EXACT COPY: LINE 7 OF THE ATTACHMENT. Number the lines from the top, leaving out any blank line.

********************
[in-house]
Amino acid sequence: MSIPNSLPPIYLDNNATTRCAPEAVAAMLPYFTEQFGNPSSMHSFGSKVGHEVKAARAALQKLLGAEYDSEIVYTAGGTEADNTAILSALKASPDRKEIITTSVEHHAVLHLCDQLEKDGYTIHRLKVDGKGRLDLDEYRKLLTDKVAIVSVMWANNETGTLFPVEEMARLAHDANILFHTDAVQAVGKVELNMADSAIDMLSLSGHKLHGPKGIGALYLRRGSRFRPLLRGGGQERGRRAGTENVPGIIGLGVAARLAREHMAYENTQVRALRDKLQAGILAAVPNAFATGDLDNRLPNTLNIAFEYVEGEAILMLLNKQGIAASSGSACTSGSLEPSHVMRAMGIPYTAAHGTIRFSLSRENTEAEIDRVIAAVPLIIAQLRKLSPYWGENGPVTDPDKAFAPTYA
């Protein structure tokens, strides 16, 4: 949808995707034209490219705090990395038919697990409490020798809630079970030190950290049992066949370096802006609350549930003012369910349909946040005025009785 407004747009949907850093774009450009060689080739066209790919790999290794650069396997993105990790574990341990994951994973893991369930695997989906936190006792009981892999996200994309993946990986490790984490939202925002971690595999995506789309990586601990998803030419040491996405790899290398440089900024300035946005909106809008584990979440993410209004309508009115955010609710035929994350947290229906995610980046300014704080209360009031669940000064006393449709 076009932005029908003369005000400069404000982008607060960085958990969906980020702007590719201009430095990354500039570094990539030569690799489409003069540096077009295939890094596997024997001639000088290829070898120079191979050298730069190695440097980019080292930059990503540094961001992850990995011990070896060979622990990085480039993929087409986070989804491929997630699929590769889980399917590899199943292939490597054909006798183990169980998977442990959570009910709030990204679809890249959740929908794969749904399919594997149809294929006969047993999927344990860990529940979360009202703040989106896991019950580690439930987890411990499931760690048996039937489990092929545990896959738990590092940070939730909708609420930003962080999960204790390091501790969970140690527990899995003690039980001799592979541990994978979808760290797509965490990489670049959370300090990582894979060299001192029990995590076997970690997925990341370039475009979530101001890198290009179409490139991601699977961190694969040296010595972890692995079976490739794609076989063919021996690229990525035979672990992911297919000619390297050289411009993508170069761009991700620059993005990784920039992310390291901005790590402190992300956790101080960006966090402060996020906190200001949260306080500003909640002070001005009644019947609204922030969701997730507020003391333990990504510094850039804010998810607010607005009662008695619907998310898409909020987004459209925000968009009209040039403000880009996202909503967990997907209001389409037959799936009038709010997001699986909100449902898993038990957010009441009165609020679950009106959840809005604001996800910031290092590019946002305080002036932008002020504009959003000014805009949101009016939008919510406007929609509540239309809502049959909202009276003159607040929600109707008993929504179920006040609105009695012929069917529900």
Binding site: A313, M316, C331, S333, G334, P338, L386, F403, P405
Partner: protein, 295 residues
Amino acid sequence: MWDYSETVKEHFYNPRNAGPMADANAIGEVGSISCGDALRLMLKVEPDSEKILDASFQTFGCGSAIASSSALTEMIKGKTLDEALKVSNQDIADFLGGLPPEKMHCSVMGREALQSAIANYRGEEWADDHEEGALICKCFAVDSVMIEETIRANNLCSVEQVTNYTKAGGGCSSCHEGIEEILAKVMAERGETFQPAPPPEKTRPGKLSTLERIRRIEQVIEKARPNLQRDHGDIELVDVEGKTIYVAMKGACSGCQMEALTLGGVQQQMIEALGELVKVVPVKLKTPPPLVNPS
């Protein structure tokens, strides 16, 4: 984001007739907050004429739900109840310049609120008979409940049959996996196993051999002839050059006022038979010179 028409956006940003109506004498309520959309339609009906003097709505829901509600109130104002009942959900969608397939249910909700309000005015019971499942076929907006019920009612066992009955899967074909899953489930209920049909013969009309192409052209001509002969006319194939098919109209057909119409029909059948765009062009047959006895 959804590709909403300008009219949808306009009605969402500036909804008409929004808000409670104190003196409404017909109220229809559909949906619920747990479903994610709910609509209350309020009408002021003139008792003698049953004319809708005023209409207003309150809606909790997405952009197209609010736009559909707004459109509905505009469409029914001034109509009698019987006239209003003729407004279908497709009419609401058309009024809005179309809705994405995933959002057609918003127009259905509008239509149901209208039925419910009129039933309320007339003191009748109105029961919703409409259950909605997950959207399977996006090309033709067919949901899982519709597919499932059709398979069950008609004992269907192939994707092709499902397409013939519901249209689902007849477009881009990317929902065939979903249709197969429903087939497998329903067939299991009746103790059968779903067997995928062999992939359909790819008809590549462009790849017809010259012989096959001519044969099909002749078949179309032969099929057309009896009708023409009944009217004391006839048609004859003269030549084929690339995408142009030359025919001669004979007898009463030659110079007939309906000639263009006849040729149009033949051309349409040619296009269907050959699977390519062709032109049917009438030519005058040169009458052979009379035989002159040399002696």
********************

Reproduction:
């Protein structure tokens, strides 16, 4: 984001007739907050004429739900109840310049609120008979409940049959996996196993051999002839050059006022038979010179 028409956006940003109506004498309520959309339609009906003097709505829901509600109130104002009942959900969608397939249910909700309000005015019971499942076929907006019920009612066992009955899967074909899953489930209920049909013969009309192409052209001509002969006319194939098919109209057909119409029909059948765009062009047959006895 959804590709909403300008009219949808306009009605969402500036909804008409929004808000409670104190003196409404017909109220229809559909949906619920747990479903994610709910609509209350309020009408002021003139008792003698049953004319809708005023209409207003309150809606909790997405952009197209609010736009559909707004459109509905505009469409029914001034109509009698019987006239209003003729407004279908497709009419609401058309009024809005179309809705994405995933959002057609918003127009259905509008239509149901209208039925419910009129039933309320007339003191009748109105029961919703409409259950909605997950959207399977996006090309033709067919949901899982519709597919499932059709398979069950008609004992269907192939994707092709499902397409013939519901249209689902007849477009881009990317929902065939979903249709197969429903087939497998329903067939299991009746103790059968779903067997995928062999992939359909790819008809590549462009790849017809010259012989096959001519044969099909002749078949179309032969099929057309009896009708023409009944009217004391006839048609004859003269030549084929690339995408142009030359025919001669004979007898009463030659110079007939309906000639263009006849040729149009033949051309349409040619296009269907050959699977390519062709032109049917009438030519005058040169009458052979009379035989002159040399002696």